For more scholarly research, please examine these books, which can be found in our Resource Library.

Le Peigne Dans Le Monde


Timeless Tiaras

Gina Hellweger: Chinese Hair Ornament Collection

Our author Gina Hellweger has such a wonderous array of antique Chinese hair ornaments, it was difficult to pick pieces that would express the depth of knowledge and life experience that is present in her collection. Here are just a few items for your eyes’ feast.


For more scholarly research, please see these books, which can be found in our Resource Library.

Kingfisher Blue: Treasures of an Ancient Chinese Art

The Art of Silver Jewellery: From the Minorities of China

Jewelry of Southeast Asia

Two Combs I Like on Ebay

The first is this Victorian ivory comb with carved lilies of the valley in a swirl pattern that meets in the middle. There is a slight chip at the back, which does not detract from its value. The comb is English, c. 1850, a beautiful piece. I’ll post the final price at the end of the auction. I have already been outbid, and do not have a snipe bid registered to win. What I’ll be interested in is whether a new or experienced collector takes this.

The second comb is a stunning Birmingham silver piece by Henry Adcock. A gallery of flowers is surrounded by a frame of polished silver “gems.” On top are three sea shells, meticulously decorated. Marked. c. 1810. The dealer wants $811 in a Buy It Now. I would not pay full price, but this comb is a star. What I’d want to know is whether this seller has the time to wait for the $800, or does the comb have to move. In the latter case, there is room for negotiation.


For more scholarly research, please see these combs in our Resource Library.

Hair Combs: Identification & Values

Combs and Hair Accessories

The Comb: Its History and Development

Rene Lalique and Calouste Gulbenkian

They were friends for 50 years.

Perhaps that’s why Gulbenkian (right) obtained diplomatic immunity and became the Iranian ambassador to Pétain’s Vichy government in 1939. On October 30, 1939, 79-year-old René Lalique rushed to his factory in Wingen, Alcase. The glass-making fires were out. He tried to save his priceless glass molds, but the German soldiers told him, “No one goes in here.” Devastated, Lalique went back to Paris.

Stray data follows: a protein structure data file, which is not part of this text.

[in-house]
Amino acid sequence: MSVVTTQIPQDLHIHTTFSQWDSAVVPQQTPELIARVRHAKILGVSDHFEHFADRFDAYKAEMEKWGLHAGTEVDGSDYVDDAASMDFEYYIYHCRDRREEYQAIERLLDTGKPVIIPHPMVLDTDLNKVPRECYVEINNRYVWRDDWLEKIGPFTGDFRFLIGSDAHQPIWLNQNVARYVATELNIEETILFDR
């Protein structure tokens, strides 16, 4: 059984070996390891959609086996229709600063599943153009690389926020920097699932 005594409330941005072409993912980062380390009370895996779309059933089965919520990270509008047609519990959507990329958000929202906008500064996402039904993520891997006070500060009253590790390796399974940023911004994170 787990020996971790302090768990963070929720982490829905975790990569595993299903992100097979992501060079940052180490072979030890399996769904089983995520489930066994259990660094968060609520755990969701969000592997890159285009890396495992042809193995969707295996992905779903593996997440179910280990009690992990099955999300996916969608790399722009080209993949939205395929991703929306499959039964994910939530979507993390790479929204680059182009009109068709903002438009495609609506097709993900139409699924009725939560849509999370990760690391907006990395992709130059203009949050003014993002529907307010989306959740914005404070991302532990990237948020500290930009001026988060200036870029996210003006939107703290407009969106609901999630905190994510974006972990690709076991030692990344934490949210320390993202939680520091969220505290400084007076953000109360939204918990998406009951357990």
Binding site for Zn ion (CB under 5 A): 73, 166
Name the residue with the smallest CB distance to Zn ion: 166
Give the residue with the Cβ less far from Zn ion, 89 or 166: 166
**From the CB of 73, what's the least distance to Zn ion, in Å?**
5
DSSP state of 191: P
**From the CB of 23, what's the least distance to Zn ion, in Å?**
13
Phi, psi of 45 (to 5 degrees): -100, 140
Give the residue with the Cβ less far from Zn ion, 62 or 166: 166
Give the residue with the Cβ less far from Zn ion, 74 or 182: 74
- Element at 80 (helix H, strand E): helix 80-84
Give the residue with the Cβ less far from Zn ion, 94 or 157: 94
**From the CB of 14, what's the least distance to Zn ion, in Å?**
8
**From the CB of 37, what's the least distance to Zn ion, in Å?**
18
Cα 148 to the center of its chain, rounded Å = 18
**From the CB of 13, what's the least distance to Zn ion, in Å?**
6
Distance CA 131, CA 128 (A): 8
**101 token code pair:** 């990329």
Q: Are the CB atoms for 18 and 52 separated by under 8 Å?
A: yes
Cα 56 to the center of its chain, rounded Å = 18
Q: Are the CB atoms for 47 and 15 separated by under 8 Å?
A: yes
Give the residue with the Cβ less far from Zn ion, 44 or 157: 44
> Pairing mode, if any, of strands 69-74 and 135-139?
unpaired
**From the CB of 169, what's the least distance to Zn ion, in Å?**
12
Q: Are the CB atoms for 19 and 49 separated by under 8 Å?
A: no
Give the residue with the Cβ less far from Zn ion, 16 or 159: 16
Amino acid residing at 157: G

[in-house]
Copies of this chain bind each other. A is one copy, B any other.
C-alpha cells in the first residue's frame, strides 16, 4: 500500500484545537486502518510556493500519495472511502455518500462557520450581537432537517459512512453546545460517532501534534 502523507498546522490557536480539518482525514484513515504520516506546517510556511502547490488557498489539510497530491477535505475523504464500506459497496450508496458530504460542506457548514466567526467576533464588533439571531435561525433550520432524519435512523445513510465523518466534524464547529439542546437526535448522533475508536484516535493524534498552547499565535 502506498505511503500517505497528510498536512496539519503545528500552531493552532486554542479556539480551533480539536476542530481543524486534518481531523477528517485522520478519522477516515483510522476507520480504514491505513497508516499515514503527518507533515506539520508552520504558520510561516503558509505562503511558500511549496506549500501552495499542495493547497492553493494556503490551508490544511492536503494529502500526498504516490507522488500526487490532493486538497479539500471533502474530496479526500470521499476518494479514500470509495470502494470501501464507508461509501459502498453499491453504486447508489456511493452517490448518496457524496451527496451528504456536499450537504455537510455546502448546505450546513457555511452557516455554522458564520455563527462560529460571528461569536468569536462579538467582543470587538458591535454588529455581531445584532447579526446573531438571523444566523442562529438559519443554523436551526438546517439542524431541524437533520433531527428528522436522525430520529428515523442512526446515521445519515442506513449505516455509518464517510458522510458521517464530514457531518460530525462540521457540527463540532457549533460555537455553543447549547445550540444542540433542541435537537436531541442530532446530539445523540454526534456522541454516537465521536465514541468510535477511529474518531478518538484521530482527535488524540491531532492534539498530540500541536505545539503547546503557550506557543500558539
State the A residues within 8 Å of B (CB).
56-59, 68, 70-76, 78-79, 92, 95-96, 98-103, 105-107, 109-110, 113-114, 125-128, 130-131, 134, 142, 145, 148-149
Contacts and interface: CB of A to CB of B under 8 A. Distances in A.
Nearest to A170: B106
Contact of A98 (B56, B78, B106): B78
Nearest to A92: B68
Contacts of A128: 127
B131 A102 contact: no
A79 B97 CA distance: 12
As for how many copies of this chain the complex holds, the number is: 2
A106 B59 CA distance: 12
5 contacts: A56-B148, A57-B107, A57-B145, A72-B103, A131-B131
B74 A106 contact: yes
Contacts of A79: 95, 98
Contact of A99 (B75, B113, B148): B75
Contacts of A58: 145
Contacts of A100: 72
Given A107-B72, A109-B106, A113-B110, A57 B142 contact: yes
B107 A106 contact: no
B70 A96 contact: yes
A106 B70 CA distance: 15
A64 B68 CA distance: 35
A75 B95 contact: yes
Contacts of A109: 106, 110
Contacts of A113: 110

The molds were saved, perhaps with the anonymous help of the Iranian ambassador?

Calouste Gulbenkian was born in Üsküdar, a municipality of Constantinople, which is now Istanbul. His trading companies gave the West access to Middle East oil, and he became a one of the world’s most famous art collectors and philanthropists. Lalique gave him 80 pieces, including hair combs.

The Lalique Collection housed in the Calouste Gulbenkian Museum in Lisbon, Portugal, is a testament to life-long friendship. In addition to the Anemones, the museum also has

Two lovers kiss. c. 1902. Ivory.

Various insects rest on leaves. Ivory, enamel, and horn, c. 1902.

Bees polinate a marigold. Enamel and Horn. c. 1902

Diadem of ivory peonies, enamel stems, and an amethyst. c. 1902

Black-eyed Susan diadem. Horn, enamel, and moonstones. c. 1902

Ballerinas with pine-cone borders. Ivory, gold, and enamel. c. 1898.

Three Breton Women. Ivory, horn, and enamel. c. 1902.

And an orchid. Ivory and horn. c. 1902


For more scholarly research, please see these books in our Resource Library.

The Jewels of Lalique

Rene Lalique at the Calouste Gulbenkian Museum

Rene Lalique: Exceptional Jewellery, 1890-1912

Jen Cruse: The Art of Chinese Ivory Comb Carving

By Jen Cruse:

When trade links with China were re-established in the 18th century, the earliest and largest markets were in the West. Chinese teas and silks were the prime commodities of trade with Europe and America and an increasing demand for items such as porcelains, ivories (from African elephant tusks) and fans developed over time.

Primarily centred in Canton, ivory working reached an exceptional degree of expertise between 1790 and about 1850. At first, private buyers from the West – ships’ captains, trading merchants, diplomats and the like – sought small speciality items to take home as personal gifts for family and friends; ivory combs in the European style were highly favoured.

So enthusiastically were the gifts received that demand grew and it was not long before a burgeoning industry developed and the Cantonese workshops (hongs) were making ivory combs in large quantities for export to Europe and the USA. This was a new departure for the craftsmen as Chinese women did not wear combs such as these, their traditional hair accessories being quite different in format and design.

The majority of the combs were elaborately carved and finished, the craftsmanship and ingenuity of the ivory designers and combmakers being second to none. On carved, fretted or pierced backgrounds, flowers, birds and small animals formed the principal themes, with the mythical dragon a predominant feature (pictures 1 & 2). The combs were not set with jewels or gemstones but relied on the texture and sincerity of the ivory itself for enduring appeal.

Generally the combs carried no marks; however, occasionally the signature of the artist-craftsman was placed within the carving, as seen on the flower comb Fig 2a. The combs were not set with jewels or gemstones but relied on the texture and sincerity of the ivory itself for enduring appeal.


For more scholarly research, please see

The Comb: Its History and Development

as well as the ACCCI website.